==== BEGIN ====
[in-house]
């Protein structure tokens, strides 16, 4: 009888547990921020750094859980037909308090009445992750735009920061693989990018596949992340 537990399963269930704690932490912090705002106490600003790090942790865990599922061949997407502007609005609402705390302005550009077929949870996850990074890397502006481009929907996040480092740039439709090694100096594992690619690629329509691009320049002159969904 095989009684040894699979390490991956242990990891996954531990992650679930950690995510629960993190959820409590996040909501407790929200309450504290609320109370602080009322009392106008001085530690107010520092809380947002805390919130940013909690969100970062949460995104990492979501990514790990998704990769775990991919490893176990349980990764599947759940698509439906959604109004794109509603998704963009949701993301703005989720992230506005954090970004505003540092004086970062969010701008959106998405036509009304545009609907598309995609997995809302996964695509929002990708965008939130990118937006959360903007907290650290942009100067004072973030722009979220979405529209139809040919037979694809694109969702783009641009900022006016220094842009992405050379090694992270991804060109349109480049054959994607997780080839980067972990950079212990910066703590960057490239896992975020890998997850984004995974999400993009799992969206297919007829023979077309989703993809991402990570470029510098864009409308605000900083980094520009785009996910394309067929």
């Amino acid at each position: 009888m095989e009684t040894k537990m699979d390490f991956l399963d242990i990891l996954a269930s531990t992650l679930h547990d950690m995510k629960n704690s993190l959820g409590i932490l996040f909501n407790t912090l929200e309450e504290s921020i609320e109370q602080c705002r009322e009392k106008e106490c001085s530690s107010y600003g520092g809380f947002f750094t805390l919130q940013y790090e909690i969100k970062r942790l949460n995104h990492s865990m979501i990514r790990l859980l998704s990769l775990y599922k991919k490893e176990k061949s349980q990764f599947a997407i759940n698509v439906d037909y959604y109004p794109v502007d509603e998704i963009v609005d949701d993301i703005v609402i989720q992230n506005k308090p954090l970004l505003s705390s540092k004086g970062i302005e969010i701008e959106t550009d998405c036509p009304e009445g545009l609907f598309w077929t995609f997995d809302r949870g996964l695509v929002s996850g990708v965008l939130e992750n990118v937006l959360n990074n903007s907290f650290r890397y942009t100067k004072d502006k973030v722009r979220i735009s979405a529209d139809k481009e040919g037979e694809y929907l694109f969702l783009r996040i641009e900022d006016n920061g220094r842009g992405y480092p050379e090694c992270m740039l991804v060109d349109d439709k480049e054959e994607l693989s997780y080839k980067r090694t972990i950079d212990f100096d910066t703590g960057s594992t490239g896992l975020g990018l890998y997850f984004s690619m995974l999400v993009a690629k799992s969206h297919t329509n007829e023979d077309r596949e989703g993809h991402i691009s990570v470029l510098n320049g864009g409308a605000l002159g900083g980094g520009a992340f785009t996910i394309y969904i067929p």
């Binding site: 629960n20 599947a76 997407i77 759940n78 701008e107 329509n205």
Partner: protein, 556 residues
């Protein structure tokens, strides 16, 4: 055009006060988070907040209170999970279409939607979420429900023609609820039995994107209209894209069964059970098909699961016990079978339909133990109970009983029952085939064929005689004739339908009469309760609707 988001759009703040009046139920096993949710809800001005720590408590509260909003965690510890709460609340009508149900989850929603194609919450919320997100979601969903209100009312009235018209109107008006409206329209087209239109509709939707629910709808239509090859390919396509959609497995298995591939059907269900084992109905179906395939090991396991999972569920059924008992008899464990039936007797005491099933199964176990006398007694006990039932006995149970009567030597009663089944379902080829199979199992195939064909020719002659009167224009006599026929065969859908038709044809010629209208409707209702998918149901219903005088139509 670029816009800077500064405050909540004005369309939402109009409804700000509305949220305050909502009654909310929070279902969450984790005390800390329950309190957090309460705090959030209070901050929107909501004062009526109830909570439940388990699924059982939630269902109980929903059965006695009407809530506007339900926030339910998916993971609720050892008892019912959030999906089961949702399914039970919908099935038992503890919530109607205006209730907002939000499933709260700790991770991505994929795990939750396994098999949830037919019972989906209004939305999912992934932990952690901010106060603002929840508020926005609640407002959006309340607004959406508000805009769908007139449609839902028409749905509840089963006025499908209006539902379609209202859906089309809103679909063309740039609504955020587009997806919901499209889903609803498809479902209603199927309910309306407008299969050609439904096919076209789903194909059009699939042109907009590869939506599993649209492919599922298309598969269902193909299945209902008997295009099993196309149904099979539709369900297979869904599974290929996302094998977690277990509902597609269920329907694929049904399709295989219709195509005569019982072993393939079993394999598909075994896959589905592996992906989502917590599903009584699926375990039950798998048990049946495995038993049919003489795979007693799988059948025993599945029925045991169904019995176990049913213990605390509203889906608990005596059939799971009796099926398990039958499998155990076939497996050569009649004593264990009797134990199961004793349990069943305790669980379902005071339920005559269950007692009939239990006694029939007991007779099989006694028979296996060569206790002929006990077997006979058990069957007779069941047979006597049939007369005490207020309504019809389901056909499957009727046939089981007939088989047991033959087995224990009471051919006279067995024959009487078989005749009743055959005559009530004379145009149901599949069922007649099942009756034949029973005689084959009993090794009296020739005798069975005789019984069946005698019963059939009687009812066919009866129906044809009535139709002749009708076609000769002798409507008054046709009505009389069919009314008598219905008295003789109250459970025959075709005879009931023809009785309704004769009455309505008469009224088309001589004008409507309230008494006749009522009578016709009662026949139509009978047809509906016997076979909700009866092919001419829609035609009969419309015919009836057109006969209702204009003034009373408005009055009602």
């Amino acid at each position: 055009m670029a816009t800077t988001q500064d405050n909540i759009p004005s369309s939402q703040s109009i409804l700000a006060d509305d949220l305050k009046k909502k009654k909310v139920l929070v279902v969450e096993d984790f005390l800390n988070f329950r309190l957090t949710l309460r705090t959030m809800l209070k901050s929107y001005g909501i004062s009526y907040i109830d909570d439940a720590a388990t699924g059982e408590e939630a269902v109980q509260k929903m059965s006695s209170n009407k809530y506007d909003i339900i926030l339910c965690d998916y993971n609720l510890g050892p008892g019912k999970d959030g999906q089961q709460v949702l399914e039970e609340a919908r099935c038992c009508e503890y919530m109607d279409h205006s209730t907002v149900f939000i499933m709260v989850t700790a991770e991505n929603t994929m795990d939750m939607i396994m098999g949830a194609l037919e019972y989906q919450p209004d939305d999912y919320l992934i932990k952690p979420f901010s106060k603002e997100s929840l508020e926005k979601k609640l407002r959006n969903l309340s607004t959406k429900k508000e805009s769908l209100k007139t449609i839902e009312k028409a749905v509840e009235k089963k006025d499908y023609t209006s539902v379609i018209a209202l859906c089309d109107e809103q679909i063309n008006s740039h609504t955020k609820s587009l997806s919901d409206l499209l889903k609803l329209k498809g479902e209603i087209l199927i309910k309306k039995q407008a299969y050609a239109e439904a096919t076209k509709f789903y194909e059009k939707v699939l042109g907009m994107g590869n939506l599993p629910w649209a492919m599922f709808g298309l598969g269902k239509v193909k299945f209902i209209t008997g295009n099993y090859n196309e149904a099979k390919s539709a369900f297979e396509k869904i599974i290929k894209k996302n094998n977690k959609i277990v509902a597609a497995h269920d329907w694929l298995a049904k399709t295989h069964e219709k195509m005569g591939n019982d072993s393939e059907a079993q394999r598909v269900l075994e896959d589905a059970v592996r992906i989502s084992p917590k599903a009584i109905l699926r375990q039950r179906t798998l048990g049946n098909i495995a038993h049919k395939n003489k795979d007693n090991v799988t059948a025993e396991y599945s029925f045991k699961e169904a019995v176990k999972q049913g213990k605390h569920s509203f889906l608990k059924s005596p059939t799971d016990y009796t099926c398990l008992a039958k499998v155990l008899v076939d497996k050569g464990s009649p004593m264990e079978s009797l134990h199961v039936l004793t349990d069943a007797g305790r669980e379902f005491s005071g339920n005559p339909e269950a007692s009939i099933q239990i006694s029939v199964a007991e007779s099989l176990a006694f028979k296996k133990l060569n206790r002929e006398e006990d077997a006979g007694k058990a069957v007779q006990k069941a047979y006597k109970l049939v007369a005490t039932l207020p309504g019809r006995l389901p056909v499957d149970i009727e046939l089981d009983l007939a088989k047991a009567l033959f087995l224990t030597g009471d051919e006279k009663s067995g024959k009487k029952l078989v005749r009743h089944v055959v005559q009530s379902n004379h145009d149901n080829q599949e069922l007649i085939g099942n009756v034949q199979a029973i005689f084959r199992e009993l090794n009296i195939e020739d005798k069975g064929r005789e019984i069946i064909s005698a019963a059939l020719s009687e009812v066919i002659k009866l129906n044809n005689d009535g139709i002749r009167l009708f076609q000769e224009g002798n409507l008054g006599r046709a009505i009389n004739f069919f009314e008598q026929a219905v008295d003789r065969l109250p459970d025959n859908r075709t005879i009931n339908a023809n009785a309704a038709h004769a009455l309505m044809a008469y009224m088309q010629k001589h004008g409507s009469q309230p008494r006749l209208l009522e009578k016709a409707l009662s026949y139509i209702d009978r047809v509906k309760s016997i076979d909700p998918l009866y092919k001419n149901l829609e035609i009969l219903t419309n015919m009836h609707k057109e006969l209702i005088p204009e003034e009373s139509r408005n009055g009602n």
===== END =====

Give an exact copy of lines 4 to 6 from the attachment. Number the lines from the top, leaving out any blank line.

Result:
């Binding site: 629960n20 599947a76 997407i77 759940n78 701008e107 329509n205």
Partner: protein, 556 residues
């Protein structure tokens, strides 16, 4: 055009006060988070907040209170999970279409939607979420429900023609609820039995994107209209894209069964059970098909699961016990079978339909133990109970009983029952085939064929005689004739339908009469309760609707 988001759009703040009046139920096993949710809800001005720590408590509260909003965690510890709460609340009508149900989850929603194609919450919320997100979601969903209100009312009235018209109107008006409206329209087209239109509709939707629910709808239509090859390919396509959609497995298995591939059907269900084992109905179906395939090991396991999972569920059924008992008899464990039936007797005491099933199964176990006398007694006990039932006995149970009567030597009663089944379902080829199979199992195939064909020719002659009167224009006599026929065969859908038709044809010629209208409707209702998918149901219903005088139509 670029816009800077500064405050909540004005369309939402109009409804700000509305949220305050909502009654909310929070279902969450984790005390800390329950309190957090309460705090959030209070901050929107909501004062009526109830909570439940388990699924059982939630269902109980929903059965006695009407809530506007339900926030339910998916993971609720050892008892019912959030999906089961949702399914039970919908099935038992503890919530109607205006209730907002939000499933709260700790991770991505994929795990939750396994098999949830037919019972989906209004939305999912992934932990952690901010106060603002929840508020926005609640407002959006309340607004959406508000805009769908007139449609839902028409749905509840089963006025499908209006539902379609209202859906089309809103679909063309740039609504955020587009997806919901499209889903609803498809479902209603199927309910309306407008299969050609439904096919076209789903194909059009699939042109907009590869939506599993649209492919599922298309598969269902193909299945209902008997295009099993196309149904099979539709369900297979869904599974290929996302094998977690277990509902597609269920329907694929049904399709295989219709195509005569019982072993393939079993394999598909075994896959589905592996992906989502917590599903009584699926375990039950798998048990049946495995038993049919003489795979007693799988059948025993599945029925045991169904019995176990049913213990605390509203889906608990005596059939799971009796099926398990039958499998155990076939497996050569009649004593264990009797134990199961004793349990069943305790669980379902005071339920005559269950007692009939239990006694029939007991007779099989006694028979296996060569206790002929006990077997006979058990069957007779069941047979006597049939007369005490207020309504019809389901056909499957009727046939089981007939088989047991033959087995224990009471051919006279067995024959009487078989005749009743055959005559009530004379145009149901599949069922007649099942009756034949029973005689084959009993090794009296020739005798069975005789019984069946005698019963059939009687009812066919009866129906044809009535139709002749009708076609000769002798409507008054046709009505009389069919009314008598219905008295003789109250459970025959075709005879009931023809009785309704004769009455309505008469009224088309001589004008409507309230008494006749009522009578016709009662026949139509009978047809509906016997076979909700009866092919001419829609035609009969419309015919009836057109006969209702204009003034009373408005009055009602």